Girard Comes Full Circle With Dan Rice Days
Dan Rice's circus left town — his legacy didn't
Thursday, Aug. 3
Girard is not even clowning around with Dan Rice Days, a three-day shout-out to the borough's main man on its Main Street (and beyond).
When Dan Rice first arrived in Girard in 1853, he was among the preeminent entertainers in the country, renowned as a singer, dancer, comedian, and animal whisperer (he trained an elephant to walk a tightrope and even tamed a rhinoceros — not a charge most are willing to take upon themselves). Rice became a full-time performer by the age of 20 (1843), and before he hit his 30th birthday, he was managing one of the most lucrative traveling circuses around. "Dan Rice's Great Hippodrome and Menagerie" raked in a staggering $1,000 a week during its peak (over $30,000 in today's dollars) thanks to its ringleader's uncanny charisma and charm. This guy was a hoot, and when the largely undeveloped tracts of land surrounding Girard hollered, he heeded the call.
A tiny village of 600 at the time, Girard was ideally located along Route 20 (which was the country's major east-to-west thoroughfare of the period) and the freshly constructed Erie Canal Extension, which was very amenable to the comings and goings of a traveling circus. The conservative townspeople, however, were not so keen on the "riff-raff" that accompanied the circus. Eager to be loved, Rice deftly humored the natives, and they in turn humored him. He was the life of the party (and hosted many of them at his swanky home), and the populace was a huge benefactor of his generosity.
Not only was Rice loose with his purse strings, the little feller was also said to be pretty loose with both flask and fist, earning a reputation as a drinker and a brawler. His lack of temperance strained two marriages (both ending in divorce) and also spurred a vicious rumor mill, especially during the Civil War (he split his time performing between both the North and South; when the war was over he donated toward the recovery of both factions). He died penniless and alone in 1900 (and not in Girard, which he deserted permanently in 1881) — a tragic and ironic fate for a man who had dedicated his life to (and often succeeded at) winning the crowd over.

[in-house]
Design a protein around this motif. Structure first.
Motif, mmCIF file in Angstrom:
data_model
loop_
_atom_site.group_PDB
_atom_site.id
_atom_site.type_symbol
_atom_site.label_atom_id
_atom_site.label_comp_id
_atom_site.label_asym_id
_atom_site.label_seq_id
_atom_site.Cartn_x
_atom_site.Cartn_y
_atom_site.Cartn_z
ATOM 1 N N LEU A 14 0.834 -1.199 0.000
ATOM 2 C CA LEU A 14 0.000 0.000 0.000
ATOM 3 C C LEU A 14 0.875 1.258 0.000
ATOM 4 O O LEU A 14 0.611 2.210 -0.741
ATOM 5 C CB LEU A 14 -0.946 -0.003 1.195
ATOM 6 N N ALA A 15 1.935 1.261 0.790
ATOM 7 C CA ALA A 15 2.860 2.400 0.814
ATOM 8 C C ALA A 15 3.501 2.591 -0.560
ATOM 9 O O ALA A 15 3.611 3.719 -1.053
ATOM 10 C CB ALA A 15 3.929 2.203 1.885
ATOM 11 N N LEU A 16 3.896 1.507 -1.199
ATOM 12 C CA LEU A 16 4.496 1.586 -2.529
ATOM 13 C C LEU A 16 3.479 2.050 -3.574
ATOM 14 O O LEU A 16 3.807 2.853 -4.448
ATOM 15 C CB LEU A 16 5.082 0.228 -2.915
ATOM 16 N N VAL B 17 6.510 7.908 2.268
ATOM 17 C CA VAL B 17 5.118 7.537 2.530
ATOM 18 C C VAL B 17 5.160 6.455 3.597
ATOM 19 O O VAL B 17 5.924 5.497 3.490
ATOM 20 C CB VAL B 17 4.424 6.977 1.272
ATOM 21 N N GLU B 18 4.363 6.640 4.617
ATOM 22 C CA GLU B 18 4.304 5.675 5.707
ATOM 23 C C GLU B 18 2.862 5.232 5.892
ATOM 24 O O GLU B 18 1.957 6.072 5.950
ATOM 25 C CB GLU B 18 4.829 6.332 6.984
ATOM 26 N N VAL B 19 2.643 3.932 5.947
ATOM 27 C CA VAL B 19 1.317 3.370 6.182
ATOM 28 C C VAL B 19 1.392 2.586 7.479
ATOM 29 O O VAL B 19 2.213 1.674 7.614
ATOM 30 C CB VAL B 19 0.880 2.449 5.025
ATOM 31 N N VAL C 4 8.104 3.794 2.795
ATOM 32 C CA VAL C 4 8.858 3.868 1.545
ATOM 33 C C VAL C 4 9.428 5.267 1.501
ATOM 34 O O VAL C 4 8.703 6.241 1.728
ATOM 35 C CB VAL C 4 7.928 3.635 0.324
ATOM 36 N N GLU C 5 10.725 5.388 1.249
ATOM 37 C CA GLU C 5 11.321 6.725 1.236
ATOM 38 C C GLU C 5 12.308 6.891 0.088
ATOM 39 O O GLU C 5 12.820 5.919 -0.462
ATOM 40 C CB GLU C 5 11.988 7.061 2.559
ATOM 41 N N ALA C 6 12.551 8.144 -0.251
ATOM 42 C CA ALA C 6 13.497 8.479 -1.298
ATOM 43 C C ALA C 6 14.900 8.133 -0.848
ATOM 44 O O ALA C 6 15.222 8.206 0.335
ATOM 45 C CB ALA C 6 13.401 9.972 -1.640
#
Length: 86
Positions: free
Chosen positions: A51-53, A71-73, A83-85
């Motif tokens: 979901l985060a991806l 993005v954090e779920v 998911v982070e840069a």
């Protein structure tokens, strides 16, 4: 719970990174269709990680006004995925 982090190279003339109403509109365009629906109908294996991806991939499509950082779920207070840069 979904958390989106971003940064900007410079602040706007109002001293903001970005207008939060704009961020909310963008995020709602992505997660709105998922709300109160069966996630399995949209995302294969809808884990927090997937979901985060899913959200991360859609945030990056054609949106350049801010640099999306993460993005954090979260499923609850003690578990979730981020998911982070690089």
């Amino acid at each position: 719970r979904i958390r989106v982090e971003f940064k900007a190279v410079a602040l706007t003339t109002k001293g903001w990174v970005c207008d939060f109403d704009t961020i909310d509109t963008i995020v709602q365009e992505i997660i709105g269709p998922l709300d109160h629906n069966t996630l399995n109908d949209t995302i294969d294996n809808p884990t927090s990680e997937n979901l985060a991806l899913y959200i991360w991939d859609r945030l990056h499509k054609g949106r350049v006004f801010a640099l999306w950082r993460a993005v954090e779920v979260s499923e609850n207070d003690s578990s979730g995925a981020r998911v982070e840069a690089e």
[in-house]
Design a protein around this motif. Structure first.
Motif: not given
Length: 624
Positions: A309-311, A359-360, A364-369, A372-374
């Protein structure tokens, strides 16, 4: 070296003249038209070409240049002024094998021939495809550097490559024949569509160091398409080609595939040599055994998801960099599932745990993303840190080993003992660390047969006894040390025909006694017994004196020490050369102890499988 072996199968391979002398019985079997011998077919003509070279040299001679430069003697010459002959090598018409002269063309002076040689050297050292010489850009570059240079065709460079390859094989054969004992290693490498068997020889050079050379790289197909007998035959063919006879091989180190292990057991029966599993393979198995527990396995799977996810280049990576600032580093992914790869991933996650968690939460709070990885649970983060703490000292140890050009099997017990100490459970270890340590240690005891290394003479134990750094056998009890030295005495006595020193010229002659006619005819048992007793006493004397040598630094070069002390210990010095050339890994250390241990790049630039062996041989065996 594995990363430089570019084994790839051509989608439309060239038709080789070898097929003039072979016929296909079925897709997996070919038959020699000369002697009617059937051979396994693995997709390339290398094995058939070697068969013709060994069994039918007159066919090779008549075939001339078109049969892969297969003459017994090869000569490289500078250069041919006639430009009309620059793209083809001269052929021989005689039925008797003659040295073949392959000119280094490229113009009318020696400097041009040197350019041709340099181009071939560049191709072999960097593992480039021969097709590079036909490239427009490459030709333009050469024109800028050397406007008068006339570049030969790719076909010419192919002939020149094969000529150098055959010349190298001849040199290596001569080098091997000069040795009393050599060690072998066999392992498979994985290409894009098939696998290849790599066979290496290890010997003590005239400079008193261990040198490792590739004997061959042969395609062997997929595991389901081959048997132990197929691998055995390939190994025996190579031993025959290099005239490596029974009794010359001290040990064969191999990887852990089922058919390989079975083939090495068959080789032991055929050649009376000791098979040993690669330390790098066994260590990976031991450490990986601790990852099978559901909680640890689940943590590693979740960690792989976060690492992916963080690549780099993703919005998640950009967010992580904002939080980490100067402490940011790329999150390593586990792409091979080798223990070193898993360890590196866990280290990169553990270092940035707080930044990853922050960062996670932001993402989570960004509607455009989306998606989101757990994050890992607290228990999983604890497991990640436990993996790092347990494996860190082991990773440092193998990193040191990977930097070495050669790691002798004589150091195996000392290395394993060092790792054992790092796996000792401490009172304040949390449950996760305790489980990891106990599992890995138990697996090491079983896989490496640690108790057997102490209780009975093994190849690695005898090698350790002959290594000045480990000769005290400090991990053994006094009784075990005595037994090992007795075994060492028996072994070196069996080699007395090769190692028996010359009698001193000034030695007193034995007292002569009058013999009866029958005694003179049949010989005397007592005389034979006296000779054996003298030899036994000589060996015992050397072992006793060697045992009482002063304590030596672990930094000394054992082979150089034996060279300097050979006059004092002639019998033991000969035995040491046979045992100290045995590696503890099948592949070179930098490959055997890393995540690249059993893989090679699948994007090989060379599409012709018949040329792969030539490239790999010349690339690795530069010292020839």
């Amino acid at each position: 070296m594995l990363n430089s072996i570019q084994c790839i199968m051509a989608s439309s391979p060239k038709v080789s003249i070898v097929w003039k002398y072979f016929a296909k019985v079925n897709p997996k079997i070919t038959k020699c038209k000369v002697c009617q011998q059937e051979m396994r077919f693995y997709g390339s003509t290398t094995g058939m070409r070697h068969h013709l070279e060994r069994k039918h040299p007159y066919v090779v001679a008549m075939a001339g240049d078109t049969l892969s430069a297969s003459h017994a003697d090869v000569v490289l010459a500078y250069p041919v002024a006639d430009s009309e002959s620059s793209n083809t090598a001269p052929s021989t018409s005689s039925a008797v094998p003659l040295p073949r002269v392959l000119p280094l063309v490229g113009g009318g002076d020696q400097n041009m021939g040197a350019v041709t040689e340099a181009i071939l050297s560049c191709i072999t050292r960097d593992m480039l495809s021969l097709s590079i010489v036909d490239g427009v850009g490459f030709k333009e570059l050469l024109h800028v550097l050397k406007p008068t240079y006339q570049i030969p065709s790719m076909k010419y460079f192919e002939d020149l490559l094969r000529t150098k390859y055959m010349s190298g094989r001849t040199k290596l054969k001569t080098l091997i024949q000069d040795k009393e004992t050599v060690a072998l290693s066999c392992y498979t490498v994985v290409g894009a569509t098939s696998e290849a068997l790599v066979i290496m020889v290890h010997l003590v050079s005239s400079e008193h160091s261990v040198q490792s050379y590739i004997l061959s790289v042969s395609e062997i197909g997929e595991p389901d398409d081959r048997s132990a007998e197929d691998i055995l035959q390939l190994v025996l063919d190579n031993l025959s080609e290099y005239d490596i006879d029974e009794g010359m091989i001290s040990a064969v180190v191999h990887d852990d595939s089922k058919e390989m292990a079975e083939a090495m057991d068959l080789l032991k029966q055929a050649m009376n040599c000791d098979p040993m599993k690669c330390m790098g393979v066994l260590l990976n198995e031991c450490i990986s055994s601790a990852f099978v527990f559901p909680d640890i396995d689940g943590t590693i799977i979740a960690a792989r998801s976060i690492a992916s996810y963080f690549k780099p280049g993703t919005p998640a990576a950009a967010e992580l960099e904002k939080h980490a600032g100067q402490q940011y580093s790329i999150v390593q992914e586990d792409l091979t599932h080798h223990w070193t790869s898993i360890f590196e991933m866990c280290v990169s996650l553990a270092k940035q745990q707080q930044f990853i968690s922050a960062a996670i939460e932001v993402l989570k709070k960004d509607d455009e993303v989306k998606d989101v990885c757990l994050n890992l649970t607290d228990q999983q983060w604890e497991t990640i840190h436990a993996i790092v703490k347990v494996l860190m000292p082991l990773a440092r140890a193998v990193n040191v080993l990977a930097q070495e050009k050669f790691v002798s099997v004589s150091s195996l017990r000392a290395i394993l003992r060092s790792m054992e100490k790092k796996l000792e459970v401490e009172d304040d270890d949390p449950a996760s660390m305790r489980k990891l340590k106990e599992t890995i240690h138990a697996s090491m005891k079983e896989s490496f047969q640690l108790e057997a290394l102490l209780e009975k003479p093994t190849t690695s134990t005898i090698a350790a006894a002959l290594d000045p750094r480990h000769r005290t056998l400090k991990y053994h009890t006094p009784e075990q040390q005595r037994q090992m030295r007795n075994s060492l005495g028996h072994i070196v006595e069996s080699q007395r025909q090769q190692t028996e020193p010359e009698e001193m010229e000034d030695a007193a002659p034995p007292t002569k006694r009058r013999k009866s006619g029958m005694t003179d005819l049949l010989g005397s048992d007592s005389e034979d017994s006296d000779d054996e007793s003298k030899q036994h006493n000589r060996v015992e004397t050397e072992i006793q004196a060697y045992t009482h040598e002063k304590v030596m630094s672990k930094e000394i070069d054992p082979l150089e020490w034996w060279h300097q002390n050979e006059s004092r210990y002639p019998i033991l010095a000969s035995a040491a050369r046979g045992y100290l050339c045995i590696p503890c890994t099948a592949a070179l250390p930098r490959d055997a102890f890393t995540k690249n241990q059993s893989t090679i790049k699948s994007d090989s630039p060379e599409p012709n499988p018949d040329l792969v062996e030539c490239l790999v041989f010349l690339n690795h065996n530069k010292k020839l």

Over the past 52 years, Girard has been making it up to him with Dan Rice Days, the celebration of a man now remembered as a dynamic figure who contributed greatly to the town's development. His spirit will be embodied in all manner of fun and frivolities, including a magic show, pony and carriage rides, bathtub races (literally bathtub vehicles on wheels), polka on the Culbertson House porch (named for former U.S. Representative William Culbertson), and more. Other highlights include the Miss Girard pageant, the Dan Rice Days 5K, and the eponymous parade (a nod to Rice's annual fall homecoming parades as he and his circus animals got ready to shack up for the winter).
Rest easy, Danny Boy — they've come around. And you can, too.
The festival runs from Thursday through Saturday. A complete schedule of events can be found at danricedays.com // General admission is free